Abstract/Details

“When Her Thousand Chimneys Smoked” Virginia's Enslaved Cooks and Their Kitchens


2010 2010

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Abstract (summary)

This dissertation is an interdisciplinary study of Virginia's enslaved plantation cooks that seeks to advance our understanding of their contributions to Virginia's rich cultural traditions. By examining the archaeological record, material culture, cultural landscapes, folklore, written records, and racialized and gendered spaces this study uncovers the hidden voices of the men and women who cooked for their enslavers. Enslaved cooks were highly skilled, trained, and professional, creating meals that made Virginia known for its cuisine and hospitality. They were at the core of Virginia’s domesticity and culinary pride as well as the center of the plantation community. Archaeological and historical records reveal the centrality of the cook’s role and the material culture exemplifies how cooks created a Black landscape within a white world, and were able to share this unique space with the larger enslaved population. This study also explores the memory of enslaved cooks and their legacy in American culture.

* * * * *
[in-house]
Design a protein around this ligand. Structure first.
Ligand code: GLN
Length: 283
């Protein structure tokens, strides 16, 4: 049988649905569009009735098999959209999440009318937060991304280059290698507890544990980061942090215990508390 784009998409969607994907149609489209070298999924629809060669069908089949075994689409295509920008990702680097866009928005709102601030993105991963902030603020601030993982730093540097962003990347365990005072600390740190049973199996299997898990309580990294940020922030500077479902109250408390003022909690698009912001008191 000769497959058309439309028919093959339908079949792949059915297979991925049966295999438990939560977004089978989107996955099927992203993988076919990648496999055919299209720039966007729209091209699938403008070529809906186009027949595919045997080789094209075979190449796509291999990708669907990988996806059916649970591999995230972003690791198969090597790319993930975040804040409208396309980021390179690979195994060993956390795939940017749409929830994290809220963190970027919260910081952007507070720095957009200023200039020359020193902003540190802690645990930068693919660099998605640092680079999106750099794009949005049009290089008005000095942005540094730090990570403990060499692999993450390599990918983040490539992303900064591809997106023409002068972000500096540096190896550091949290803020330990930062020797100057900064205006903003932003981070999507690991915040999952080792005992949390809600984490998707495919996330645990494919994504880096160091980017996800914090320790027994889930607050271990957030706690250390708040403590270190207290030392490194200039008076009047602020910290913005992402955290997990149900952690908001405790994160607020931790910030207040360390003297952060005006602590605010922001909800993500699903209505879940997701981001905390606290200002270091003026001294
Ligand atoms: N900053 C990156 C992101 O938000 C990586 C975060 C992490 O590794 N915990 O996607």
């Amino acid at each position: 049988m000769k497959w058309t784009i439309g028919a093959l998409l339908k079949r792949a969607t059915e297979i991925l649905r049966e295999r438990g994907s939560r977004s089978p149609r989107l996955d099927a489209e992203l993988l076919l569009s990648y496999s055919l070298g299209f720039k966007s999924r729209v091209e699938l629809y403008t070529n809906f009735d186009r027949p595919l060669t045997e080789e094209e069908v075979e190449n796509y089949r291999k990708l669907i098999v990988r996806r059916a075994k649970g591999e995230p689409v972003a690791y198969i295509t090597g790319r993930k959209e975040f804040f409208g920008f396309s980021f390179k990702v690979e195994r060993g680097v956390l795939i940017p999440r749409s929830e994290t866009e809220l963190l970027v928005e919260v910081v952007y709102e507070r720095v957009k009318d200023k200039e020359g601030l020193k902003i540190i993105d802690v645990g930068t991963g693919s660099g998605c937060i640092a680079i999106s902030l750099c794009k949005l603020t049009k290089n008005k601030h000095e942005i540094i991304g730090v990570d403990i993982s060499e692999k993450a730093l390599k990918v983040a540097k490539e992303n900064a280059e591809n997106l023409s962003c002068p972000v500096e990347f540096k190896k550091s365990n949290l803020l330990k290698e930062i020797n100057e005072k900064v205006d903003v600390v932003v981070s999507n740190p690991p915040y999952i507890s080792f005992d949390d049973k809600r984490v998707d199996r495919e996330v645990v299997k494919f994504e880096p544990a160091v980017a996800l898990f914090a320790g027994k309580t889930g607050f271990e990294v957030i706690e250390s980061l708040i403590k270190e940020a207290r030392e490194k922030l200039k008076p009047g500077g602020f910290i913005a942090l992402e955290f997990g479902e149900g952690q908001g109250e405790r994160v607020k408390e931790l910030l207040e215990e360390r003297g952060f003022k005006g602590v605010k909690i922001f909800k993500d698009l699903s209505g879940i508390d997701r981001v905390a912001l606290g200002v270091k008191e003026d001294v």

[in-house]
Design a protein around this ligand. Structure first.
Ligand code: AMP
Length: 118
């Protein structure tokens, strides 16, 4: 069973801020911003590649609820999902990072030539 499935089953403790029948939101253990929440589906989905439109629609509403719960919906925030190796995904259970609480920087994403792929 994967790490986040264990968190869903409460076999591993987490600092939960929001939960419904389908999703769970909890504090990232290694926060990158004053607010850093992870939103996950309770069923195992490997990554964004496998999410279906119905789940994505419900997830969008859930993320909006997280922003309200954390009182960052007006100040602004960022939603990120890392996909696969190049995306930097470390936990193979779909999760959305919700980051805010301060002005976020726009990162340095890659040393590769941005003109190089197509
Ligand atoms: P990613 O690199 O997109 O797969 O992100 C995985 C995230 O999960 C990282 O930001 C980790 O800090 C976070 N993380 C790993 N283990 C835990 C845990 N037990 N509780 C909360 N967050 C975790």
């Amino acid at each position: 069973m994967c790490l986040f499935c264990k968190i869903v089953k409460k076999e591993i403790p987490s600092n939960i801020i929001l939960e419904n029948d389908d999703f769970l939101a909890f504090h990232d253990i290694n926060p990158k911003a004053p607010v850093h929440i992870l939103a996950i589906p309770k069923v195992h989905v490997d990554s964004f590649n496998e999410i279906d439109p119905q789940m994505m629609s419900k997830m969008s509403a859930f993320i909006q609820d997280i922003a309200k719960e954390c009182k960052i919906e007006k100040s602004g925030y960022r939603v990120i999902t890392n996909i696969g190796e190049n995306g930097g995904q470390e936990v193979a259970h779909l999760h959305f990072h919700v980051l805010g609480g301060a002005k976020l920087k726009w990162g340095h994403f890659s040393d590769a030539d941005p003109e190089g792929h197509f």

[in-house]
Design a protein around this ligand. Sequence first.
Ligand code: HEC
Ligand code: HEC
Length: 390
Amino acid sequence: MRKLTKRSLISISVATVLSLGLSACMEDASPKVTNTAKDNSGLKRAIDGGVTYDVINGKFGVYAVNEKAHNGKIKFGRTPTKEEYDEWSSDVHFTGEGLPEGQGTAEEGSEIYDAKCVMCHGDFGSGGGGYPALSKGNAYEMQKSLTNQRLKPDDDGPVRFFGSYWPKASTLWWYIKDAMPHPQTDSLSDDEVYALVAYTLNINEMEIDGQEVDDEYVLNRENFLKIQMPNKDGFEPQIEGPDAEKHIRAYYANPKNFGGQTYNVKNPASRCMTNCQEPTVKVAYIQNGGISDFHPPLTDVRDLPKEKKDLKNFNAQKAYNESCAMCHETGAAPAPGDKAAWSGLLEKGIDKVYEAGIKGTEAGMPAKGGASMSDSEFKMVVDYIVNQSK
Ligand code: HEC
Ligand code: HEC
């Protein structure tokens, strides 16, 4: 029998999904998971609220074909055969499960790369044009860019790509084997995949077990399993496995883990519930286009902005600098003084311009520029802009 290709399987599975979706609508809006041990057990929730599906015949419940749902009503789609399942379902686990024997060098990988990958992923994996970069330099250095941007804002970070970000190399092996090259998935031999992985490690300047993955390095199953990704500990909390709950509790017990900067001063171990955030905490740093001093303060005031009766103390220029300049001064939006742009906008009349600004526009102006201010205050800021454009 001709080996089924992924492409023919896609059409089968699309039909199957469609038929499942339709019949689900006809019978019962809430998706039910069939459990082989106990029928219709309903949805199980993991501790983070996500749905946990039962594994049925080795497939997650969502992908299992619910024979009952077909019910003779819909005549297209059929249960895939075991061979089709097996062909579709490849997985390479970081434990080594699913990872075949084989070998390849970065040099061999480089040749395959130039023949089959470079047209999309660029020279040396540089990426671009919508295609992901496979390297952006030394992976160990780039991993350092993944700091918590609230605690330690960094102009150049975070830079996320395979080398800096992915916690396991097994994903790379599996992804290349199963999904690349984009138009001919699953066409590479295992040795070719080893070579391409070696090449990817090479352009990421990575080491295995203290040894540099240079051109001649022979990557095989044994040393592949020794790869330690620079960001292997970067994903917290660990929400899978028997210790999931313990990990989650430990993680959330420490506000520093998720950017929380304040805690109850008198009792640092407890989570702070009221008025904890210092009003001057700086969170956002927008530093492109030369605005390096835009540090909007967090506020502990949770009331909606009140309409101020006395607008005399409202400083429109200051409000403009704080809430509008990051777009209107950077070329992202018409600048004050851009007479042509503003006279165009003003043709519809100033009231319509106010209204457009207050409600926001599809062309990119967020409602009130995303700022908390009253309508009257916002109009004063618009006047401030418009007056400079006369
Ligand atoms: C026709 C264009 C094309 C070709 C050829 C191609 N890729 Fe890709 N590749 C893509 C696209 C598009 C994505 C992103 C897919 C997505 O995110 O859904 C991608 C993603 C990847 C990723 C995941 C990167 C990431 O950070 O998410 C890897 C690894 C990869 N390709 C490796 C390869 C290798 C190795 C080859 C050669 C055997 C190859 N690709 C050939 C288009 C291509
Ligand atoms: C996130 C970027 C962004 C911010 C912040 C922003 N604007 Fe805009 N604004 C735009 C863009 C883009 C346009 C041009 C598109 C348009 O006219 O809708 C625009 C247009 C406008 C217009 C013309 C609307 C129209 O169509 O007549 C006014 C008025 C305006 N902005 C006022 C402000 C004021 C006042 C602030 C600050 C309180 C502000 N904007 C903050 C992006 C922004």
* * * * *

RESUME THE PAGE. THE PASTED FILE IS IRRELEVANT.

Indexing (details)


Subject
African American Studies;
Archaeology;
Black history;
American history
Classification
0296: African American Studies
0324: Archaeology
0328: Black history
0337: American history
Identifier / keyword
Social sciences; Cooking; Domestics; Plantations; Slave cooks; Slavery; Virginia
Title
“When Her Thousand Chimneys Smoked” Virginia's Enslaved Cooks and Their Kitchens
Author
Deetz, Kelley
Number of pages
136
Publication year
2010
Degree date
2010
School code
0028
Source
DAI-A 72/05, Dissertation Abstracts International
Place of publication
Ann Arbor
Country of publication
United States
ISBN
9781124527383
Advisor
Taylor, Ula Y.
Committee member
Conkey, Margaret; Nwokeji, Ugo
University/institution
University of California, Berkeley
Department
African American Studies
University location
United States -- California
Degree
Ph.D.
Source type
Dissertations & Theses
Language
English
Document type
Dissertation/Thesis
Dissertation/thesis number
3444613
ProQuest document ID
859003755
Copyright
Database copyright ProQuest LLC; ProQuest does not claim copyright in the individual underlying works.
Document URL
http://search.proquest.com/docview/859003755
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